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InterviewsStory: Who is Marius??
Posted on Sunday, May 01 @ 18:27:35 CDT
Topic: Interviews
From Romania to Greece...
Marius, volunteer in the TES-HIENET EVS project, has only been in Romania for one day in the last eight months and he doesn’t really miss his country… So their must be a lot of experiences that compensate for the hot summers and snowy winters and beautiful autumns and springs, hills and mountains, forest and the Black Sea he tells me about. Marius decided to become a volunteer to come in contact with people from different cultures and get to know different ways of thinking. He’s interested in how people try to solve issues in other ways and tries to extract the best from everything. Since he didn’t expect anything, he was ready for everything. Things usually work out fine when you keep both feet on the ground, he assures me. Just be realistic; be prepared to offer a lot and you will get even more without realizing it. What he doesn’t like are fatalistic people that don’t take their life in their own hands out of the belief that they’re not able to change it in any case. Sometimes Romanians have this mentality; even young people look for an excuse not to take the initiative. Considering the history of continuous occupation by Romans, Turkish, Hungarians, Russians, Germans and having experienced the cold war from the East side, Marius can understand the origin to this attitude. But they do their best to get the job done, he smiles. The religion in his country is Christian-Orthodox. People try to keep the tradition but Marius considers what’s deep inside far more important. Most people go to church every Sunday because they were told to do so and everybody does. Marius himself is not really concerned with official church activities. He tries to keep in peace and balance with himself. He gives meaning to life in getting the best of every moment without being negligent and keep the consequences in mind.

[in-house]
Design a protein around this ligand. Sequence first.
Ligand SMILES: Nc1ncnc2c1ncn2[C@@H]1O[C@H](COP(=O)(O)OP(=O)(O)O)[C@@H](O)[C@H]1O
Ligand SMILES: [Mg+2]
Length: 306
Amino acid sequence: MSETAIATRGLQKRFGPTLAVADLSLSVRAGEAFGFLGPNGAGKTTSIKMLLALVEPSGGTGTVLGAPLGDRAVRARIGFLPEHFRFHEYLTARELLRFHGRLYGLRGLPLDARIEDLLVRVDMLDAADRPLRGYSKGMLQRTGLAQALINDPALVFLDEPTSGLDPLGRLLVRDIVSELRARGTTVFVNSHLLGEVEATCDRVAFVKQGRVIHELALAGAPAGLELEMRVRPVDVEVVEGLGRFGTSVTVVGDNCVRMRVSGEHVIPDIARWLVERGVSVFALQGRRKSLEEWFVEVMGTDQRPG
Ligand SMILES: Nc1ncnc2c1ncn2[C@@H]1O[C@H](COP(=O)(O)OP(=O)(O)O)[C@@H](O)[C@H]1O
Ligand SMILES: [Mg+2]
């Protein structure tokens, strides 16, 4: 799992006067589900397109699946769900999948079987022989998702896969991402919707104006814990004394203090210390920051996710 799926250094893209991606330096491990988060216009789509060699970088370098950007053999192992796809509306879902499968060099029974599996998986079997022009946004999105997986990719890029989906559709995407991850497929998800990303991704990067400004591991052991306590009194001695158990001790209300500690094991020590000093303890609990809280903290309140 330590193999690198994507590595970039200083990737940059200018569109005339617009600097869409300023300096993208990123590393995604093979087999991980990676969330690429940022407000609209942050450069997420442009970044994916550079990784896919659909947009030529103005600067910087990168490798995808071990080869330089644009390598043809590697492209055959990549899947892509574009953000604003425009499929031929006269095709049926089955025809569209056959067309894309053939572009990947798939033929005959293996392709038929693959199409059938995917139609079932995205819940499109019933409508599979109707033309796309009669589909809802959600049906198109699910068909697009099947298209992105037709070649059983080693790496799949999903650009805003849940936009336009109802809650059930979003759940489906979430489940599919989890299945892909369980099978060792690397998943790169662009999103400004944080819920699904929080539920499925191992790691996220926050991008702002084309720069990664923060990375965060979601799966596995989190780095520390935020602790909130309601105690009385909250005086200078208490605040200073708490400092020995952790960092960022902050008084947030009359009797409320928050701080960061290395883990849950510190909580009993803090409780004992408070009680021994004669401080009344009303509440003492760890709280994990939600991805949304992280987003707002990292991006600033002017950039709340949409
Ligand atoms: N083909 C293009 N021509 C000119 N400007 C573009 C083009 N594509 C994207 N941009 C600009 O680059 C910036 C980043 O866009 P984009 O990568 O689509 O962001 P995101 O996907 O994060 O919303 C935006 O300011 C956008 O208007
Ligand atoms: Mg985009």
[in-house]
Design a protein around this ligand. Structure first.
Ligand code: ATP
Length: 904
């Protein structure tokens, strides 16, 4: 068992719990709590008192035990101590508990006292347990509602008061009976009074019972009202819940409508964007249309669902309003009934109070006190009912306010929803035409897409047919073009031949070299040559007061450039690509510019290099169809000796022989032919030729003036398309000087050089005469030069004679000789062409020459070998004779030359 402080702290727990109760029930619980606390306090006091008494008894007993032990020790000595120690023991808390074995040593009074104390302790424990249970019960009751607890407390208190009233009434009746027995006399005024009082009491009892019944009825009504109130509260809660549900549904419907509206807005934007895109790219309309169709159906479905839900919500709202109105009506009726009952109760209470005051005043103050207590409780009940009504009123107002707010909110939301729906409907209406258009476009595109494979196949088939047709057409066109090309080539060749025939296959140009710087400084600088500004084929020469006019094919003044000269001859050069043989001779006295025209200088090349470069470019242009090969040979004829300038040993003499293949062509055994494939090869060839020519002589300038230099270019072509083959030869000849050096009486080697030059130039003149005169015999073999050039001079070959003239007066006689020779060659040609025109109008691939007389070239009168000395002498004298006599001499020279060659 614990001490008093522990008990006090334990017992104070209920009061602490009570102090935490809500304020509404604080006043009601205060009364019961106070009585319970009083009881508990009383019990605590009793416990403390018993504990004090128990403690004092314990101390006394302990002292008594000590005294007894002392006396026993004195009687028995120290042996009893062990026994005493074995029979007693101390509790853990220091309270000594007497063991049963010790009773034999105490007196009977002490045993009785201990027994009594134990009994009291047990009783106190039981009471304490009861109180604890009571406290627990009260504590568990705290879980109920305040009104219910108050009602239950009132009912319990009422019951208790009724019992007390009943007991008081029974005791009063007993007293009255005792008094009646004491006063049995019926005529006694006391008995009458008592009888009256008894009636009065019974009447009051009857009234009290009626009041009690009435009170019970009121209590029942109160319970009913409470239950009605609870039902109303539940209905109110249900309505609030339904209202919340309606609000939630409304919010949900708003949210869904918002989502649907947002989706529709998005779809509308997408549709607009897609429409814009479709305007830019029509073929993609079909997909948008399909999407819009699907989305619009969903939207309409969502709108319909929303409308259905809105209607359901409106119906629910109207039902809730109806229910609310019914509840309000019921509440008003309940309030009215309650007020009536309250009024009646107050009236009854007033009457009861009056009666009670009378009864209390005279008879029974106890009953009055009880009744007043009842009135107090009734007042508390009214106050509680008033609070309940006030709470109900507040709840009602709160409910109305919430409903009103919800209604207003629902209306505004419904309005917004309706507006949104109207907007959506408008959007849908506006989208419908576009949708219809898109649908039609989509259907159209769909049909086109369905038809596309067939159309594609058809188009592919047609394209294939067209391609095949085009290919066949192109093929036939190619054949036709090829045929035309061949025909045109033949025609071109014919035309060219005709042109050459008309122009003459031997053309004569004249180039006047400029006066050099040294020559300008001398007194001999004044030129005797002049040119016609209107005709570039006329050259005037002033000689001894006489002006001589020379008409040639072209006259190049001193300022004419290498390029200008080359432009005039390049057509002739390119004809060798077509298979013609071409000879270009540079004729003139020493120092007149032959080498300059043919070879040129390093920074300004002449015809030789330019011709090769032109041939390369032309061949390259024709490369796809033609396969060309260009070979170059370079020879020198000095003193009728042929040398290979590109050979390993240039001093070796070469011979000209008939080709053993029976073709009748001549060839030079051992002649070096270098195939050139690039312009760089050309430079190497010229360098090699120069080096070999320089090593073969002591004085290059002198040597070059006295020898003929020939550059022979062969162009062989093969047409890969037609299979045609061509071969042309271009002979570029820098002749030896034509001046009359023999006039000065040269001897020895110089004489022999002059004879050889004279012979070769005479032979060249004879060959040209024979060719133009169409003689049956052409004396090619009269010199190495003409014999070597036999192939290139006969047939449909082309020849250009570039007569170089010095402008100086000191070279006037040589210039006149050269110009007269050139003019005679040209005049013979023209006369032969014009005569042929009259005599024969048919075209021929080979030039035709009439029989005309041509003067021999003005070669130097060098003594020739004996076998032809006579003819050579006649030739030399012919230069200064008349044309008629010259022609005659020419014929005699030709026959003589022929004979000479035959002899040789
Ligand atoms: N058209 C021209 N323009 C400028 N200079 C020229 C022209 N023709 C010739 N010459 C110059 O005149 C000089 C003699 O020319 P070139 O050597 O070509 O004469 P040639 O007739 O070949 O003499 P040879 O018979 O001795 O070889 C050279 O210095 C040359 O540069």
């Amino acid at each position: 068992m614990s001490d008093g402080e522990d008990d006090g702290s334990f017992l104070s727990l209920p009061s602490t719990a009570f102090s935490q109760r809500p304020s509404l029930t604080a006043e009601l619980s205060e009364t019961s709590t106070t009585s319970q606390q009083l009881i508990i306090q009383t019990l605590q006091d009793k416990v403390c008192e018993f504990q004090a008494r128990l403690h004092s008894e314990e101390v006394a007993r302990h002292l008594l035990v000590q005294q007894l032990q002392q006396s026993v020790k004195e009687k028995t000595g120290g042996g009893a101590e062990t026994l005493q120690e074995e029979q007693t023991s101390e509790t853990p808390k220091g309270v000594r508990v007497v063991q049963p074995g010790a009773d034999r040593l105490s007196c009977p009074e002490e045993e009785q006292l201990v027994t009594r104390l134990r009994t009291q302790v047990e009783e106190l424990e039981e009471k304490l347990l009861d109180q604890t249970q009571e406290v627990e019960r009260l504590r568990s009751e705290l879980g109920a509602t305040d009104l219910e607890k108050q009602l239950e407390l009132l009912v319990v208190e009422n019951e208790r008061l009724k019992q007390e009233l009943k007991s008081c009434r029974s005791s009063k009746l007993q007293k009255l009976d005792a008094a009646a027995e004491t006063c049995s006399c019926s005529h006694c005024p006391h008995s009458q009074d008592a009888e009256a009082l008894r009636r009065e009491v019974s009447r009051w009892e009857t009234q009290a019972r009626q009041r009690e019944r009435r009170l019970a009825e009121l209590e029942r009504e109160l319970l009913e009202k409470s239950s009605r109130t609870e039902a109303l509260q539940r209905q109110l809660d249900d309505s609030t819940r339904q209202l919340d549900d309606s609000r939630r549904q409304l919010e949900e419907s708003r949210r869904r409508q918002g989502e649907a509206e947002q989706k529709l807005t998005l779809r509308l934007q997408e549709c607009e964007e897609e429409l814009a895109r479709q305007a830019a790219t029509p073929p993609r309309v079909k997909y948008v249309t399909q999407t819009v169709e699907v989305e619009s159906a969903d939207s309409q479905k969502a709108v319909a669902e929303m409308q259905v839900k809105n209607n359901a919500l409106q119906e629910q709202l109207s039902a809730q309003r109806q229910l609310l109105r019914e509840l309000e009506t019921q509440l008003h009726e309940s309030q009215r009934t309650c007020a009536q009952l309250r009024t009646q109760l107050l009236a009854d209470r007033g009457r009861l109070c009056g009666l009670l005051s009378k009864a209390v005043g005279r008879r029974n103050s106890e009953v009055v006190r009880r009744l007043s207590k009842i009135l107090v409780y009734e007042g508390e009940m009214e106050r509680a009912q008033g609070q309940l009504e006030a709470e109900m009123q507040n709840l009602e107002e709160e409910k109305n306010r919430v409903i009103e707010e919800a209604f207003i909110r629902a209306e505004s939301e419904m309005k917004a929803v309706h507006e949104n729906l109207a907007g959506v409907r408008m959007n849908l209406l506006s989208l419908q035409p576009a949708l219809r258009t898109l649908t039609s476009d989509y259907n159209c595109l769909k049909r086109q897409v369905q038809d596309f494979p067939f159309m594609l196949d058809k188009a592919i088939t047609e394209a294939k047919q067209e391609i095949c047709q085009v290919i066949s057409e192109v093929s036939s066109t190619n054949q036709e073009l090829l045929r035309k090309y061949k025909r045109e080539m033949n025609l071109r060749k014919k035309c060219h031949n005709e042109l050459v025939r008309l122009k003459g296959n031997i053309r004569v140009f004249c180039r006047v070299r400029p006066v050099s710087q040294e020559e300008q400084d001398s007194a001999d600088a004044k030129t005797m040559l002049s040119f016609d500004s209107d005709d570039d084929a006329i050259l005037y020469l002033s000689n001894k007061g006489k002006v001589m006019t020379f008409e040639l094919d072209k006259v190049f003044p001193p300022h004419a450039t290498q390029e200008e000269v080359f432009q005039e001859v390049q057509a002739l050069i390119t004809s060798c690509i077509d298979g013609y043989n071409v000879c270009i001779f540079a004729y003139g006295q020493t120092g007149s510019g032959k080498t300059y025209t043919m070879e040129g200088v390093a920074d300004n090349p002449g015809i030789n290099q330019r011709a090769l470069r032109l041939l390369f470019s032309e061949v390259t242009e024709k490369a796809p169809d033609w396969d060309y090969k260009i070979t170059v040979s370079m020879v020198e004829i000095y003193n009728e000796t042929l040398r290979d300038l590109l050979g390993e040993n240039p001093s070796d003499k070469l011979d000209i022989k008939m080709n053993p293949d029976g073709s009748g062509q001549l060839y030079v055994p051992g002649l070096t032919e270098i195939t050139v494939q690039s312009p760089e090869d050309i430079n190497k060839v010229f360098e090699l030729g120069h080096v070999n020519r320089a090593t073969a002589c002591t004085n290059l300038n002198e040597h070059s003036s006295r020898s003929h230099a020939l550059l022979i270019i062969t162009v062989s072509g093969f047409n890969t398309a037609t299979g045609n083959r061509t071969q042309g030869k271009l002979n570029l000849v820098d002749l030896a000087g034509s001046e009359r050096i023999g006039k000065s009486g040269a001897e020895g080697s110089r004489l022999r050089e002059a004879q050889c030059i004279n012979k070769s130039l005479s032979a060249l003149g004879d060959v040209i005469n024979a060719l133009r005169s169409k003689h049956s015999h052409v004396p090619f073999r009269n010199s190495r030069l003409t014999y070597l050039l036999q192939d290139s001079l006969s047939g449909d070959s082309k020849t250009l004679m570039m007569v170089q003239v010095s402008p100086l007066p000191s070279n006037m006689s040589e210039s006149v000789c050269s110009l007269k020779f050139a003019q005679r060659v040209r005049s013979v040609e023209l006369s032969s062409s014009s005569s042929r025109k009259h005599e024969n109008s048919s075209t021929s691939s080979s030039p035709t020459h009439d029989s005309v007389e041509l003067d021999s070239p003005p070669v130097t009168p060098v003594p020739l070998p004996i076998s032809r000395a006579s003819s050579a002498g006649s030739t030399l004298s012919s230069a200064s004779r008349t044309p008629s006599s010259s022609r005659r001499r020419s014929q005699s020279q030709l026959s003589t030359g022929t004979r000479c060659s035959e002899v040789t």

Oana, 19 years, tells me more about the Easter customs in Romania. The 5th week of the holey fast, her family starts cleaning the house, baking, dying eggs… As Orthodox Christian, she tries to keep the religious side in mind. During the fast she doesn’t eat meat or any other animal products like milk or cheese. She also participates in special ceremonies in church when they sing prayers, ‘canons’, for forgiveness of the sins. After confession to the priest, the people receive the blessed wine and pieces of bread that symbolize the body and blood of Christ. In the night of the resurrection they have a celebration with songs, as in Greece, and get the holey light. After the end of the ceremony, around five o’clock in the morning, people go home and try to keep this light burning to get it into their house. The food they’ll eat in the morning is also blessed in this ceremony. Sunday they get first some rest at home. Then the table is set for a very rich breakfast. The whole family enjoys the kosanak, a special kind of pie with nuts and cheese, and everyone gets eggs to break two by two, while saying “Christos a inviat!” –“Adwazat a inviat!” (Christ has raised from the death –Indeed he has)
For Marius the social part of the Easter ceremony is the most important. He enjoys the time together with his family, meeting people at the church and having a good time together. That’s what Easter is about, in his opinion. “There should be more Easters!”


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